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The LAST Featured Release Roundup of 2020: December 31st, 2020

Hated: Innocent People 7" (Meat House Productions) First ever reissue for this obscure early 80s punk band from Huntington Beach, California. It's amazing there's never even been a compilation of this band's three singles, of which Innocent People is the first, having come out in 1981. The sound is of the Beach Punk ilk you know from records like Posh Boy's Beach BLVD compilation. You can expect lots of fast ride cymbal action, surf guitar licks, and disaffected-sounding yet melodic vocals. It's a similar sound to bands like the Chiefs, the Simpletones, and Agent Orange, and it's the sound the Adolescents honed to razor sharpness on their debut LP that same year. Yeah, the Hated were no Adolescents, but if you have a taste for 80s California punk, I can't imagine thinking they're an also-ran. Here's hoping Meat House continues their campaign and reissues the other Hated singles.

Funeral: Waiting for the Bomb Blast 7" (Meat House Productions) The second in a pair of crazy rare early California punk singles that Meat House Productions has dug up for us. If the Hated sound like you could slot them onto the Beach Blvd compilation, Funeral could do the same for the American Youth Report comp. Like the bands on that record, Funeral come from the harder, faster end of the early 80s California punk spectrum. I can't imagine they weren't huge fans of the Germs, as they share that band's intensity and rock swagger. However, while these songs are ripping fast, they have a pop undercurrent that reminds me of contemporaries like the Adolescents, Modern Warfare, and MIA. All three songs are cool, but the a-side, "Waiting for the Bomb Blast," is the all-time scorcher, moving from a killer intro that reminds me of Rik L Rik into a catchy punk jam that would have done TSOL proud.

Parnepar:  Dobar Dan, Izvolite cassette (Doom Town Records) Second cassette from this band out of Zagreb, Croatia. While the label's description references a lot of cool-sounding 80s Yugoslavian punk, unfortunately I don't know most of those bands so I'll have to come at this from my limited frame of reference. Parnepar sounds like music of the post-punk era, but the more arty and austere end of it. On the songs that are minimal and led by the bass (with the guitar only providing sparse rhythmic accents), they remind me of This Heat or Wire's artiest moments. When the guitar kicks in, Panepar's sound moves more toward the rhythmically quirky punk of the early Minutemen. I wouldn't come to  Dobar Dan, Izvolite looking for pop hits, but as someone who loves that quirky, arty end of the post-punk spectrum, I like this a lot.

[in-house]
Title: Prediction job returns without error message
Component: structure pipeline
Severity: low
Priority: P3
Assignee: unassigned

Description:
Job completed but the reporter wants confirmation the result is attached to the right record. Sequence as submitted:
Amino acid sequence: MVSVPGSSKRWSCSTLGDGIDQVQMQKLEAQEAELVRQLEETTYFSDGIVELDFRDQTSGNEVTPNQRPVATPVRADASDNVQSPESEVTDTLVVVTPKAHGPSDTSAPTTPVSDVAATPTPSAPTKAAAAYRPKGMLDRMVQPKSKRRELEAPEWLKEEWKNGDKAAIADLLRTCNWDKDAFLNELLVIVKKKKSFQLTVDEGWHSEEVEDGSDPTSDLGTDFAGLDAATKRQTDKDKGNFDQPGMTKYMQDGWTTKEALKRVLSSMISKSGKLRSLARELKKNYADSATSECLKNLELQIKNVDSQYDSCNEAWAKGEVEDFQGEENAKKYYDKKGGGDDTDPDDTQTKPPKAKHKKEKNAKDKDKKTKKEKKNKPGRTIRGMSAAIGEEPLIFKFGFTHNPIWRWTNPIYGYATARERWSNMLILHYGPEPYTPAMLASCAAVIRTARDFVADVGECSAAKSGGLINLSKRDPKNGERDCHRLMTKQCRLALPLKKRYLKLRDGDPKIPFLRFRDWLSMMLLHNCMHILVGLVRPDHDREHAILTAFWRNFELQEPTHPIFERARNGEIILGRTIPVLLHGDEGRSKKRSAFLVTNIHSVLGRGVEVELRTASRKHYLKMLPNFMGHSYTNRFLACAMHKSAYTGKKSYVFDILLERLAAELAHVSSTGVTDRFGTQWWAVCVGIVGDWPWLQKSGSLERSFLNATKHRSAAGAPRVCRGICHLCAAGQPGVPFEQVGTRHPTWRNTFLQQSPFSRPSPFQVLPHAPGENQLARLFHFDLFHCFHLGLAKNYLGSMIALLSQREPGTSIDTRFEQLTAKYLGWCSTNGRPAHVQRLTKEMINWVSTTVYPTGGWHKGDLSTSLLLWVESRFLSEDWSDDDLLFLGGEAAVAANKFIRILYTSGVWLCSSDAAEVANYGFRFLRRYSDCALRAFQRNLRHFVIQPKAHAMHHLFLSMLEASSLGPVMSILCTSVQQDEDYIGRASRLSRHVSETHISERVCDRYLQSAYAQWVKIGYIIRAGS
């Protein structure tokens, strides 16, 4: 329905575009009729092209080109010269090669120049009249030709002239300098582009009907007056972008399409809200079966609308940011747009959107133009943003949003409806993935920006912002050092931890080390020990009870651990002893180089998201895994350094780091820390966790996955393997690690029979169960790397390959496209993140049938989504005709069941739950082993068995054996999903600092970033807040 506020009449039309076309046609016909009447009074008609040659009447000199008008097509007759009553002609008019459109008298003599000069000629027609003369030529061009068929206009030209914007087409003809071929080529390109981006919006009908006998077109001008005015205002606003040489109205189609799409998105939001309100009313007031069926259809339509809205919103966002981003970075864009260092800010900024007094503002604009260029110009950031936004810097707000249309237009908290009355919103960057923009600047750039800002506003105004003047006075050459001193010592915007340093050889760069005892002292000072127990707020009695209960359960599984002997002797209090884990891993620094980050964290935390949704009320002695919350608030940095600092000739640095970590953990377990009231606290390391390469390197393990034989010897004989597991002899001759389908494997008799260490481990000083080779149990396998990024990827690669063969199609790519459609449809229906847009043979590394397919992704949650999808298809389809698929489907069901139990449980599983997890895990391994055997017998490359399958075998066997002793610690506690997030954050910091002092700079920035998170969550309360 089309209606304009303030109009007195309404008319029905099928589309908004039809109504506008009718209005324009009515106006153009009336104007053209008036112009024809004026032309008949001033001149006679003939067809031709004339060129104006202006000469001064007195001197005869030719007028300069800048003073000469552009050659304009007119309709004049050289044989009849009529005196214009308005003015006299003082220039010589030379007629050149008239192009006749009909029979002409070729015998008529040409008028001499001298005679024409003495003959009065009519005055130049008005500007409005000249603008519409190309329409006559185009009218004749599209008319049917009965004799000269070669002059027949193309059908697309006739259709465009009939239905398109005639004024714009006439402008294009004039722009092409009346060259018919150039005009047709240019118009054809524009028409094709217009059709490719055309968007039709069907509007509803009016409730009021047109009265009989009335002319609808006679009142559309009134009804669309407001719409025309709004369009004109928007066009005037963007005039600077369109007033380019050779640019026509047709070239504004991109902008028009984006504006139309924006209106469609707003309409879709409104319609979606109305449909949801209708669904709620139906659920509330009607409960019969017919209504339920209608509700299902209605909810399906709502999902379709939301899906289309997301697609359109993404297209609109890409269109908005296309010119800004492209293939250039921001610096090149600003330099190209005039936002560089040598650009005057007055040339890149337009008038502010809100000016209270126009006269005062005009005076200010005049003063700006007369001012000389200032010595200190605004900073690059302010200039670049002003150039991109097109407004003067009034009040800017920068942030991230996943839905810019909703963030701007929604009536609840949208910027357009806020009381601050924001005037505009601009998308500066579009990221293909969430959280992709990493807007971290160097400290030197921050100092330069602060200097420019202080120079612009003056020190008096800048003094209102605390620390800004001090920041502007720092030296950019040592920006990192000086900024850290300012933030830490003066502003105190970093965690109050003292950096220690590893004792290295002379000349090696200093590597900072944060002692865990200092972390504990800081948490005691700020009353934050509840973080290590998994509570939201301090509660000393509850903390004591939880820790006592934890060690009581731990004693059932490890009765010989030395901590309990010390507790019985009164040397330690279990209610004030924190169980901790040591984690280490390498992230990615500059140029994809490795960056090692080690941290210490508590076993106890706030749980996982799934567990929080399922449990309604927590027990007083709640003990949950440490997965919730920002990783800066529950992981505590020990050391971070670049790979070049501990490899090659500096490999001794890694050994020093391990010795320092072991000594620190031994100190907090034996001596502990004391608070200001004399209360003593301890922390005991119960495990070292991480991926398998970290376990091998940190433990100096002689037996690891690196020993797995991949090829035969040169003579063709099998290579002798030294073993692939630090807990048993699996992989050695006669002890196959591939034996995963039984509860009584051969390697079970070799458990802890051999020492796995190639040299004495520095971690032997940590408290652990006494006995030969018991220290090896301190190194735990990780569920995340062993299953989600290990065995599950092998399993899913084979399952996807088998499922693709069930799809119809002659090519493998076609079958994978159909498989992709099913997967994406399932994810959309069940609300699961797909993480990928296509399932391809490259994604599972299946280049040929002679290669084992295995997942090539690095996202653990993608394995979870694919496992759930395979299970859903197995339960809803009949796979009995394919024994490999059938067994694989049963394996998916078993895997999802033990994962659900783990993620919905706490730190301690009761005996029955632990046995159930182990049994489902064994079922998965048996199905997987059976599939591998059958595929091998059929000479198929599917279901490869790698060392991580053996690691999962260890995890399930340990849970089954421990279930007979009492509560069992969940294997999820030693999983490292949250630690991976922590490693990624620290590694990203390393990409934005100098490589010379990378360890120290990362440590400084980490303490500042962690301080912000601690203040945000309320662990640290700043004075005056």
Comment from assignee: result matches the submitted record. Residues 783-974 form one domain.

The Cowboys: Lovers in Marble cassette (Feel It) Brand new 5-song cassette from Indiana's prolific Cowboys. I've enjoyed being on the journey with the Cowboys, watching them grow, evolve, and take chances with each new release. Lovers in Marble continues that trend with results at least as good as any other Cowboys release. At this point I'm not sure I'd call the Cowboys a punk band; they're just an underground rock band. I'm sure I'm not the only one who thinks of Guided by Voices when I listen to Lovers in Marble. Like GBV, the Cowboys are songsmiths at heart, anglophilic (with a particular fondness for British psychedelic pop), and they have a complicated relationship with fidelity. There are moments of pure pop bliss on Lovers in Marble that remind me of the Zombies or even My Bloody Valentine, and there are moments that don't work as well. (I was listening to this in my office and when the off-key, Kermit like vocals came in at the end of "The Bell Rings Less," I heard Dominic shout "they lost me here" from the other room.) I'm partial to bands that throw a lot at the wall to see what sticks, and I'd place the Cowboys in that category along with the Kinks and GBV. I'm sure, by this point, the Cowboys have lost a lot of punks and people with limited bandwidth for new music, but I am still very much on board.

C-Krit: S/T cassette (Stucco Label) Olympia's Stucco Label, who helped introduce the world to Electric Chair and Suck Lords, bring us more of their trademark lo-fi antagonistic punk. C-Krit dabbles in the ultra-fast tempos of the aforementioned bands (see "Am What I Am" and "The Kids Will Have Their Say Pt. II"), but they cover a lot of stylistic ground on this tape. Two of the songs remind me of Flipper and No Trend's loose and nihilistic punk, but then the closing "My Eyes Melt" is a dub-influenced minimal synth track. You'd think it would sound like a jumble, but the DIY basement production helps it hang together. I would love to see what C-Krit would do with twelve inches of vinyl.

Fugitive Bubble: self-titled cassette (Stucco Label) Another ripper from the almighty Stucco Label, and another one that's dissimilar from the ultra-fast hardcore style I know the label for. Fugitive Bubble plays catchy, song oriented punk that teeters on the edge of hardcore. "Checks & Balance" is fast and catchy a la Rhino 39 or the Middle Class, while "Contemporary Restoration" has an anthemic vocal melody that reminds me of the Avengers. The recording sounds raw and live and the band sounds tight but nowhere near slick. It's fast, it's catchy, and it's punk as hell. Recommended if you're a fan of CB Radio Gorgeous or CCTV.


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